How the Chrysler Reorganization Differed from Prior Practice

38 Pages Posted: 10 Jul 2012 Last revised: 27 Aug 2016

See all articles by Mark J. Roe

Mark J. Roe

Harvard Law School

Joo-Hee Chung

Harvard Law School, J.D., 2012

Date Written: September 4, 2013


Chrysler, a failing auto manufacturer, was reorganized in a controversial chapter 11 in 2009. Financial creditors were paid a quarter of the amount owed them, while other creditors were paid more. The reorganization’s defenders asserted, among other things, that the proceeding and the sale structure was typical of prior practice. To see if this view fits the evidence, we examine all prior large section 363 sales for key financial ratios that can show whether a priority distortion is very unlikely. For example, in a cash sale with the buyer not assuming any debt of the bankrupt, the sale itself cannot ordinarily disrupt standard priorities. The Wilcoxon signed-rank test for these ratios indicates that Chrysler significantly differed from prior practice. It used less cash and the buyer assumed more debt than has been typical. Examining restricted samples, such as prior section 363 sales of firms with high unfunded pension obligations, yields similar results. The evidence here thus does not support the claim that the Chrysler reorganization fit the preexisting pattern of section 363 sales.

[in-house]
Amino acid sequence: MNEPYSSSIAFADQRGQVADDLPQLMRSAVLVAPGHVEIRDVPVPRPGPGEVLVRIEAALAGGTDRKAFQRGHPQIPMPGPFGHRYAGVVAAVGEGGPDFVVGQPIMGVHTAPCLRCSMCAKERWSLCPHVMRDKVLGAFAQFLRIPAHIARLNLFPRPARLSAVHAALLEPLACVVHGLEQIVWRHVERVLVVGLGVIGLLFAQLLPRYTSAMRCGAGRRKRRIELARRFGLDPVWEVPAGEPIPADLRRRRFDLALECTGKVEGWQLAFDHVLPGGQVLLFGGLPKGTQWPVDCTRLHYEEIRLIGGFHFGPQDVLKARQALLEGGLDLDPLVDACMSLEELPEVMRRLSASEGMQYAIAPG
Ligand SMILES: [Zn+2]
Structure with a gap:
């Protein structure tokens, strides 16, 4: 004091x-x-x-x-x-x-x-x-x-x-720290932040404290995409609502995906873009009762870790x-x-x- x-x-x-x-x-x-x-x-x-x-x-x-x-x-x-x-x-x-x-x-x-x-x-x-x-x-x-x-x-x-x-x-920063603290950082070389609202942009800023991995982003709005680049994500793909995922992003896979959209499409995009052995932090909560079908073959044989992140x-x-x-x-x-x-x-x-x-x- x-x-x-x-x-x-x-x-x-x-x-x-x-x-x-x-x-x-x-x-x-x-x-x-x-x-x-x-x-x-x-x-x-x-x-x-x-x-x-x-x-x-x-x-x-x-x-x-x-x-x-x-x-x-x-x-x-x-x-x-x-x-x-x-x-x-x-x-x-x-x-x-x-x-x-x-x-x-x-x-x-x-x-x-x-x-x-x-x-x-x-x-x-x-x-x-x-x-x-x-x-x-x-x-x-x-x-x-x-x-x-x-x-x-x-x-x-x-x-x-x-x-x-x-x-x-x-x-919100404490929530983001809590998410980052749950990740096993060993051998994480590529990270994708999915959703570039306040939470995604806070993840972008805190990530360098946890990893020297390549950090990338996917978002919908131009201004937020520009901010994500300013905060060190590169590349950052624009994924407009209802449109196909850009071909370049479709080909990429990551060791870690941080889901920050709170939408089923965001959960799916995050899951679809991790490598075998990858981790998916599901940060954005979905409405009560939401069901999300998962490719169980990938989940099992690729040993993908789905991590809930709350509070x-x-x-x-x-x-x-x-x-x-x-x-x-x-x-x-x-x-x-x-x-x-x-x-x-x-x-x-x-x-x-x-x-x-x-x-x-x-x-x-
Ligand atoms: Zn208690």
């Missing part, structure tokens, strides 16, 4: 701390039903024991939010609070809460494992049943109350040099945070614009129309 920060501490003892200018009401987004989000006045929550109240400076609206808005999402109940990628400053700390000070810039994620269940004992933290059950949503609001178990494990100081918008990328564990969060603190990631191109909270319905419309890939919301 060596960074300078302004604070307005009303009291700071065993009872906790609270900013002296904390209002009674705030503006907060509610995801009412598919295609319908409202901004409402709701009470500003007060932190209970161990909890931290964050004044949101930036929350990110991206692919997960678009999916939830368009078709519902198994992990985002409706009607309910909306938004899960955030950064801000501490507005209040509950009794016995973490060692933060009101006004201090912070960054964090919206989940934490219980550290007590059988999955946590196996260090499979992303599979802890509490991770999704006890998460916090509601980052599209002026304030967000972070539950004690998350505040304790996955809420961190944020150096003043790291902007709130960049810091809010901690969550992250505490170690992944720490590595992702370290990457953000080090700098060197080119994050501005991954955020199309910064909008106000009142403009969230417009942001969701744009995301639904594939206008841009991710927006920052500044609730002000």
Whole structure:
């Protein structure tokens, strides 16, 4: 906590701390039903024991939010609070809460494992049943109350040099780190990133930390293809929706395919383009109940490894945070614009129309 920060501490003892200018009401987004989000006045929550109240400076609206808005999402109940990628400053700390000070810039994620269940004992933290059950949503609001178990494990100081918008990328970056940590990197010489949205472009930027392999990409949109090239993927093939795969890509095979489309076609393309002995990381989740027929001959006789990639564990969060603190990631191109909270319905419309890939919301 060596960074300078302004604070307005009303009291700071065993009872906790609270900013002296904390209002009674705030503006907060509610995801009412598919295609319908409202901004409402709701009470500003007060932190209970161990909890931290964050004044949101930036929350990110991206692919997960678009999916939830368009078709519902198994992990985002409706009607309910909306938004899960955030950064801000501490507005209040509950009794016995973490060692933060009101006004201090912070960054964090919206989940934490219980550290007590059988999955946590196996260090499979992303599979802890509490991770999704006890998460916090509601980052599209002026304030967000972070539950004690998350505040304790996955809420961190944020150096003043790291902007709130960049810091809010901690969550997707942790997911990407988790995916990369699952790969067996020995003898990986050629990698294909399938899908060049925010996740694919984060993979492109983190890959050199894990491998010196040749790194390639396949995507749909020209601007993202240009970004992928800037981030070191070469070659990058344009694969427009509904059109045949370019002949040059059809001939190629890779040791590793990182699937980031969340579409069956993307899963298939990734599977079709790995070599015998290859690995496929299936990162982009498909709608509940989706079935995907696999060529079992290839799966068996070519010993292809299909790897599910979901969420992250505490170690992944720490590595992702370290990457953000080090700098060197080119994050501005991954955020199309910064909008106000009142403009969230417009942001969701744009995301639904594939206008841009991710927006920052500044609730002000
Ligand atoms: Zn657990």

Keywords: corporate reorganization, bankruptcy, chapter 11, 363 sales

JEL Classification: G18, G30, G34, G38, J52, K11, K12, K22, L21

Suggested Citation

Roe, Mark J. and Chung, Joo-Hee, How the Chrysler Reorganization Differed from Prior Practice (September 4, 2013). The Journal of Legal Analysis, Vol. 5, p. 400, 2013 , Available at SSRN: or

Mark J. Roe (Contact Author)

Harvard Law School ( email )

Griswold 502
Cambridge, MA 02138
United States
617-495-8099 (Phone)
617-495-4299 (Fax)

Joo-Hee Chung

Harvard Law School, J.D., 2012 ( email )

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